Just like all photographers, I got a couple of locations I return to regularly. Not necessarily often, but regularly. One of those locations for me happens to be one of the Ruhr Valley landmarks, the so-called Tetrahedron. Over the years, I have photographed there five times. I took the occasion of another visit there to review the photographs I have taken there before. Surprisingly, some of the earliest ones are quite good. It must have been beginner’s luck.
The Tetrahedron is a walk-on viewing terrace in the form of a three-sided pyramid on a slag heap in Bottrop, Germany, approx. 120 m above sea level. The slag heap has a prominence of approximately 90m to the surrounding level. Like other slag heaps in the Ruhr Valley, the Tetrahedron is part of the Industrial Heritage Trail.
The first visit the Tetrahedron in 2009
I first went there as a bloody beginner. I had a rough idea of which button on my Nikon D80 I had to push to take a picture. I knew that focal length is measured in millimeters and had something to do with zooming in and out. I didn’t know anything about ISO or aperture and which effect they had on a photograph. The exposure triangle? Histogram? Nil return. I had no clue about the basics of image composition, either. Rule of thirds? No chance. Not in my wildest dreams would I consider different aspect ratios like 5:4 or 1:1. I was happy when I remembered trying portrait instead of landscape orientation in the field. And when I did, it often was not the best decision.
On this day, in March 2009, I hadn’t been on a proper photoshoot. It was more of a family walk with my almost one-year-old kids in their buggies. I had the camera with me to take a picture of them, and not of the Tetrahedron.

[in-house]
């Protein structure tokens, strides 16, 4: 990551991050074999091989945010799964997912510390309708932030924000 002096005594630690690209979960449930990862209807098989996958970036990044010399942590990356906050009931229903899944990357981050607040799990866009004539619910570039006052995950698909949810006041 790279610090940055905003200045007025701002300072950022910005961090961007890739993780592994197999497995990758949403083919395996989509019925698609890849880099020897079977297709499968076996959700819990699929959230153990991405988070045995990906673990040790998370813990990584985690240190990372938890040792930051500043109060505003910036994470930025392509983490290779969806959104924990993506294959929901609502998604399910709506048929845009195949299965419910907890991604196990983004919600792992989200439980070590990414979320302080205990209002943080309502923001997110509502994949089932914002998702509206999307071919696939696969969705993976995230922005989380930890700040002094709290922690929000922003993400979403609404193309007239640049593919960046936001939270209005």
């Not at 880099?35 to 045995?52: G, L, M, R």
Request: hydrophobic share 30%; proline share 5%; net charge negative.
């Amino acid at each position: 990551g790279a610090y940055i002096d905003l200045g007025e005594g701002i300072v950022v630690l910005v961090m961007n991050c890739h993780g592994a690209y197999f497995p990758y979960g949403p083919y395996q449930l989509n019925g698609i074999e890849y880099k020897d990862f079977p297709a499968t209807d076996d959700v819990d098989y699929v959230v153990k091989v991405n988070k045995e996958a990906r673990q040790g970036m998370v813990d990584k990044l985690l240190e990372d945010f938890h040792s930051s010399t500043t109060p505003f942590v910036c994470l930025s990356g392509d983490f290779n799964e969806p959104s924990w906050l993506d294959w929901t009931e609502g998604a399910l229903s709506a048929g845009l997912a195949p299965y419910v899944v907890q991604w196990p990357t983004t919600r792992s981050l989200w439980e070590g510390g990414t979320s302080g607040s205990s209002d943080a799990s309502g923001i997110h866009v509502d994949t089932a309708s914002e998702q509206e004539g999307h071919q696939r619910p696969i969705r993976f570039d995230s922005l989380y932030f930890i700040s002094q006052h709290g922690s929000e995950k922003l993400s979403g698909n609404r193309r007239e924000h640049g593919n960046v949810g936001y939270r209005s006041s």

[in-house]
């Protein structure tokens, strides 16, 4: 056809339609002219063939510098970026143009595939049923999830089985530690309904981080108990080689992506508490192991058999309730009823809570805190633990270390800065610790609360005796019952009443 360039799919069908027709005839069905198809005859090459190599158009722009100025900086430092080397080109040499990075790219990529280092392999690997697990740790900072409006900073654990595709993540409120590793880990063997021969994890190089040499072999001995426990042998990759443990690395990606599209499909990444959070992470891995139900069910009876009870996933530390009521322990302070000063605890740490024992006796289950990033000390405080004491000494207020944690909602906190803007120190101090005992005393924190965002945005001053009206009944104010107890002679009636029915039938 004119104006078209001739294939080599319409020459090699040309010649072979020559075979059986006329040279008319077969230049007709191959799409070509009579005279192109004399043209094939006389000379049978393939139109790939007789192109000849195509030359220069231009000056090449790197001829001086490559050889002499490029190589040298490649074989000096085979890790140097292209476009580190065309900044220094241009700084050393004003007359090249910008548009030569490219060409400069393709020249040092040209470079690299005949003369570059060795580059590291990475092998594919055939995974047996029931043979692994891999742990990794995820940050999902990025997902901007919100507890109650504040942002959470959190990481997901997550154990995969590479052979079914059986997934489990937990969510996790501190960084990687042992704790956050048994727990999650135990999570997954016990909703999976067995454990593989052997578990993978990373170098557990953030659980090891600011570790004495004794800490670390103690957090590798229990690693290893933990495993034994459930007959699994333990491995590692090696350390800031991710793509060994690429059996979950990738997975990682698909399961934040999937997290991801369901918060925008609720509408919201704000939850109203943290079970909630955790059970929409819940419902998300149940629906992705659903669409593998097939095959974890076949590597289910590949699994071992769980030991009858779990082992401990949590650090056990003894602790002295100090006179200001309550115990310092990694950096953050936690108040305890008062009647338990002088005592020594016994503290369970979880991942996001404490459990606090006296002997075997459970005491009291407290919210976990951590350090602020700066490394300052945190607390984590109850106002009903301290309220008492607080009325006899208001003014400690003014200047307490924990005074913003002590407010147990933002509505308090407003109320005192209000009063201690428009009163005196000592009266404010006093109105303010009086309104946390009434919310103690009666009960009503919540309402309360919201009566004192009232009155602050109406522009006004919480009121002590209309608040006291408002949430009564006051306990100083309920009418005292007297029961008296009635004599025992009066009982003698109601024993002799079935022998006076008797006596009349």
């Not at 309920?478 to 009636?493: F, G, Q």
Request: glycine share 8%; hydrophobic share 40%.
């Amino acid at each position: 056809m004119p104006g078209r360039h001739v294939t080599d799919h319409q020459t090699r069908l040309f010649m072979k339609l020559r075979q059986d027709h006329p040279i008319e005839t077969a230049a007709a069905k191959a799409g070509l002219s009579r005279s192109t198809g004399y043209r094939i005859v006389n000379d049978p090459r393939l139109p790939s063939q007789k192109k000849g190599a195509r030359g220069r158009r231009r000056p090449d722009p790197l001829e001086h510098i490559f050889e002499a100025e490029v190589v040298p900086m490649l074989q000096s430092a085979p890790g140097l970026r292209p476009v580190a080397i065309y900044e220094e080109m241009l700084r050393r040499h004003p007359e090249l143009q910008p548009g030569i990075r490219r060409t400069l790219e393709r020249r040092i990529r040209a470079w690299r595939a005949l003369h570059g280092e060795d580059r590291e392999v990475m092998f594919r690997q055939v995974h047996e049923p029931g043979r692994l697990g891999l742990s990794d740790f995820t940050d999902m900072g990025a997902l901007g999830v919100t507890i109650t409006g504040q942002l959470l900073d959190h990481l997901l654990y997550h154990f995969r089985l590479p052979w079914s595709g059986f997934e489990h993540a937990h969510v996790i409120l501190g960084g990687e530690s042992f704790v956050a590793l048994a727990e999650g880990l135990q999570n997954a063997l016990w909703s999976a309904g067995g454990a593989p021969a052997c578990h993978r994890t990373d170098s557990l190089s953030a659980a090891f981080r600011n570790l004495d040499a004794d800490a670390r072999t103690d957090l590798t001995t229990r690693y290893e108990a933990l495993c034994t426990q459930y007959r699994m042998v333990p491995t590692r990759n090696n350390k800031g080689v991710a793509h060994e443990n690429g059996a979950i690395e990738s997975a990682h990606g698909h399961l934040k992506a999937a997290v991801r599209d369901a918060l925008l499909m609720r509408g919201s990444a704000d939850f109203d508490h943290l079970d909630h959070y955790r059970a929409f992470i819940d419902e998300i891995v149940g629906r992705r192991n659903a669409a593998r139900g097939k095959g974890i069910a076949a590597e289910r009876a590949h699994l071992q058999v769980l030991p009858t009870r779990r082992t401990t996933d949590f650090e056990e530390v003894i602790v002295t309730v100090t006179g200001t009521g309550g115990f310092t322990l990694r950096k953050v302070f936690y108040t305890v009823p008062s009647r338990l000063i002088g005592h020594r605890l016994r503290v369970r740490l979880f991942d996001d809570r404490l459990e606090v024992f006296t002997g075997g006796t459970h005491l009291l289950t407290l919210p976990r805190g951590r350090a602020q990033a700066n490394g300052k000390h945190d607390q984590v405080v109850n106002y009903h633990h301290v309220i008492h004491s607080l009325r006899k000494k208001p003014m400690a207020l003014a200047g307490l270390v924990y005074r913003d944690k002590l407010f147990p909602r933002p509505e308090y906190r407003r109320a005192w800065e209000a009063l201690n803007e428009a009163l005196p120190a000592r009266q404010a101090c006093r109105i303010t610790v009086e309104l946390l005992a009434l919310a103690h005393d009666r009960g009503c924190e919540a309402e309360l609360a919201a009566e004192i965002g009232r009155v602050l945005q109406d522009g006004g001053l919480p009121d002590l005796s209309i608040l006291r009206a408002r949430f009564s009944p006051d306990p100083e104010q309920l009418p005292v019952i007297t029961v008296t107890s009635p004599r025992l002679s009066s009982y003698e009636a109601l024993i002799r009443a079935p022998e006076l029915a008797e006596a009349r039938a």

Surprisingly, though, in hindsight, it appears that I came up with some unexpectedly interesting compositions. With my distinct lack of knowledge, it must have been intuitive decisions that I made – another reason why the outcome is so surprising. Unsurprisingly, however, that I didn’t immediately realize what I had. Only years later, I saw them for what they are – interestingly composed photographs of an even more interesting subject matter.
More of the same
As I said, I went there a couple of times, often with some photo buddies that I watched doing their craft, learning in the process. I went there at dusk once or on a cloudy day, trying long exposures. Some of the images I took on those occasions turned out beautiful.
In 2017, however, I decided that I had enough and that I had done everything there I could possibly do with the equipment I owned. I would only return there with a true wide-angle lens – just like the one I purchased last month.
A new lens is like a new set of eyes.
A couple of days ago, with my new lens in my pack, I set out to climb that slag heap and revisit the Tetrahedron. Not only the long time since my last visit but also the new wide-angle perspective helped me see it with fresh eyes. I arrived at the top of the heap relatively early at 6:40 AM. Even though the sun had already risen, I felt that it was just the right time. The beautiful morning colors were gone for the most part, and some other photographer who had been there earlier was already packing in and preparing to leave. For me, as a black&white photographer, however, the colors are not that important. The sun was high enough to render the Tetrahedron as a silhouette and cast interesting shadows at the same time. Shapes, lines, and textures – that’s what I am looking for. I find that colors are overrated.
Soon enough, however, I switched gears and went to longer focal lengths, too. Now, my focus was on finding distinct geometrical forms and arrangements, often (but not always) dominated by symmetry. Hardly surprising, but the most common shape in a structure like the Tetrahedron was the triangle.
At one point, I remembered one of those strong compositions I had found at one of my first visits to this place and tried to recreate with my new system. It was surprisingly tricky to get right. Of course, I also tried some variations like square format compositions.
All in all, I found revisiting this special location after two years refreshing and inspiring. I might go back there soon, but this time at sunset, to see what I can see.